A few weeks ago, there was some talk on the message board in one of my leagues about moving from weekly transactions and lineups to daily. I’m firmly on Team Weekly because I prioritize sustainability.
Daily lineups require more frequent interventions from their owners. Starting pitchers get skipped or moved back a day, position players get unplanned days off due to minor maladies and relievers get days off after working three of the past four days. Attentive owners do very well in this type of league and attentiveness is a positive attribute in an owner. What do I have against attentive owners?
Nothing, of course. It’s just that sustaining the type of attentiveness required to win a competitive league with daily transactions for six months is unrealistic and sometimes nearly impossible due to family obligations, travel plans or a million other things that fall into a category of living a life. Making owners choose between living a life and fielding a competitive team is a good way to ensure a high owner-attrition rate. Having a stable group of owners might be the most critical component for a good league. Making sure that the effort required to field a competitive team over the course of the season fits within the framework of the time your fellow owners have available will pay off in the long term in the form of lower owner turnover rates.
Leagues with daily transactions frequently have continuous first-come, first-served free-agent pickups. I’m not a fan of this type of free agent pickup because it changes the game from what it should be into something it shouldn’t. Fantasy baseball should be about drafting or auctioning the best team possible, then making trades, pickups and start/bench decisions during the season depending on the conditions on the ground. When big news breaks, like a team naming a new closer, the team that gets the newly desirable player from the free-agent pool is the person who was able to switch from Twitter to their roto app the quickest or the person who acted on the push notification about the news most quickly.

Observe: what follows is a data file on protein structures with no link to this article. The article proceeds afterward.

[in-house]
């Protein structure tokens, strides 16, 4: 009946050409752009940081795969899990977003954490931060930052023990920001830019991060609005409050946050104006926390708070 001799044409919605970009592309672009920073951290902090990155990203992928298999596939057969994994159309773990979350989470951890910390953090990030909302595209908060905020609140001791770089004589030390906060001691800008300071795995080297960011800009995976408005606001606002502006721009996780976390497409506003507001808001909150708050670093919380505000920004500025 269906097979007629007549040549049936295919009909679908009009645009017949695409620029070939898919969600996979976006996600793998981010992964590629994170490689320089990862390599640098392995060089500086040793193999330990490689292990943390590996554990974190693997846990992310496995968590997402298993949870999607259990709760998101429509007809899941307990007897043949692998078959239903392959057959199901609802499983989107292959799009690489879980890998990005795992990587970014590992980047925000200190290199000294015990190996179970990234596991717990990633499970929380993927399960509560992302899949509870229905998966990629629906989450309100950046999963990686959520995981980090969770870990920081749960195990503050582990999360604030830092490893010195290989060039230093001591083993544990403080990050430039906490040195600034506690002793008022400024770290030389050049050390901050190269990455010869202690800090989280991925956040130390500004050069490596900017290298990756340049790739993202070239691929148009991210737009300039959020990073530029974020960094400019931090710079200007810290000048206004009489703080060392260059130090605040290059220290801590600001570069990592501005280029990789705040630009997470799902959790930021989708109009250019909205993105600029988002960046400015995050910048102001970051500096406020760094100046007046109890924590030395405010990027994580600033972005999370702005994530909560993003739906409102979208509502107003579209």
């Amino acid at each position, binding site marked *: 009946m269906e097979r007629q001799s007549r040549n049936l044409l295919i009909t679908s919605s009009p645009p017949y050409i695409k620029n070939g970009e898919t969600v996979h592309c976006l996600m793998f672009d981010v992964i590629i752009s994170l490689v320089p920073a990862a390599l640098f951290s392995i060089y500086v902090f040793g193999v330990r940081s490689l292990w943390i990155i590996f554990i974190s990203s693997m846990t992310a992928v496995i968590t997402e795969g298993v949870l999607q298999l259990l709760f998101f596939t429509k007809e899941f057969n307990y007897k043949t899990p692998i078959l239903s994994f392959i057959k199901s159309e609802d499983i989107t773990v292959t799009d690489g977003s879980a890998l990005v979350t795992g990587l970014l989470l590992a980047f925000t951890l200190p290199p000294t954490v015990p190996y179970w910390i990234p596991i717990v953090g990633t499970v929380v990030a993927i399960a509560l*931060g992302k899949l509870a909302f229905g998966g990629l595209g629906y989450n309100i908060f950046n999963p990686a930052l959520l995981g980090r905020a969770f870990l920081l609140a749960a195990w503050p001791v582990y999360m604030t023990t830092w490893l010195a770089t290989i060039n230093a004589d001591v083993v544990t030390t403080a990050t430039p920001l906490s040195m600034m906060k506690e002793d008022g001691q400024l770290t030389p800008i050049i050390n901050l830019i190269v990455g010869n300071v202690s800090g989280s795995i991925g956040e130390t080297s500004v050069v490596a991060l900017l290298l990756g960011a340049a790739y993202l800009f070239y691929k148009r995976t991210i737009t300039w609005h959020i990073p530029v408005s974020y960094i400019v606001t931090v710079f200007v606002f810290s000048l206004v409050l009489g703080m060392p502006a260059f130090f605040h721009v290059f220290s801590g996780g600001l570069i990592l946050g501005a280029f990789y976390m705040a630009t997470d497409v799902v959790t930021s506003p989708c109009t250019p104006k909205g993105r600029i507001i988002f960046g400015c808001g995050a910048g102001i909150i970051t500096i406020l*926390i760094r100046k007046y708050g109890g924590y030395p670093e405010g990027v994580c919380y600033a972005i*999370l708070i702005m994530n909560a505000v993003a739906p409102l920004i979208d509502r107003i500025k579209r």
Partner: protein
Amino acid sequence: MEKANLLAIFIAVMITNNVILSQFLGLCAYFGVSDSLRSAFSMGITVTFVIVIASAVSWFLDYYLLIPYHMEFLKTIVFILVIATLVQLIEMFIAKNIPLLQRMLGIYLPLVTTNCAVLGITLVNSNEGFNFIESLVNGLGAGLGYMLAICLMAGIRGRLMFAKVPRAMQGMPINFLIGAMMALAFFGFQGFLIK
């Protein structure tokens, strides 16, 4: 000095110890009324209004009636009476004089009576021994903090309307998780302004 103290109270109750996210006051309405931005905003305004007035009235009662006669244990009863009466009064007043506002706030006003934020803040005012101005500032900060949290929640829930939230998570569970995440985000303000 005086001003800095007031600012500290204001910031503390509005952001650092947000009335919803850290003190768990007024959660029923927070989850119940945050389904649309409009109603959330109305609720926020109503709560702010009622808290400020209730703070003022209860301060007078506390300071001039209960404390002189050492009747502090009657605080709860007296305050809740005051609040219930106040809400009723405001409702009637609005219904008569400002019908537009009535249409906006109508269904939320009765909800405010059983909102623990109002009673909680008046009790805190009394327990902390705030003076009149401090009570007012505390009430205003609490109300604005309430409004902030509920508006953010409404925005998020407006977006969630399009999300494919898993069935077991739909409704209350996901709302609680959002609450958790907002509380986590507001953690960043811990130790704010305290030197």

This isn’t skill or strategy. Critical pickups end up being determined by which owner was working from home rather than stuck in a conference room or on vacation in Ireland. Considering that big free-agent pickups can have a huge impact on winning or losing a league, determining these pickups by who happens to be closest to their phone when they happen is kind of silly. And owners who see their shot at competing for a title scuttled by the fact that they didn’t look at their phone on date night are owners who are less likely to come back the following year.
Requiring a sustainable level of effort from owners makes them more likely to stick around. Minimizing owner turnover makes leagues more sustainable year after year. And keeping a good league together is a good thing.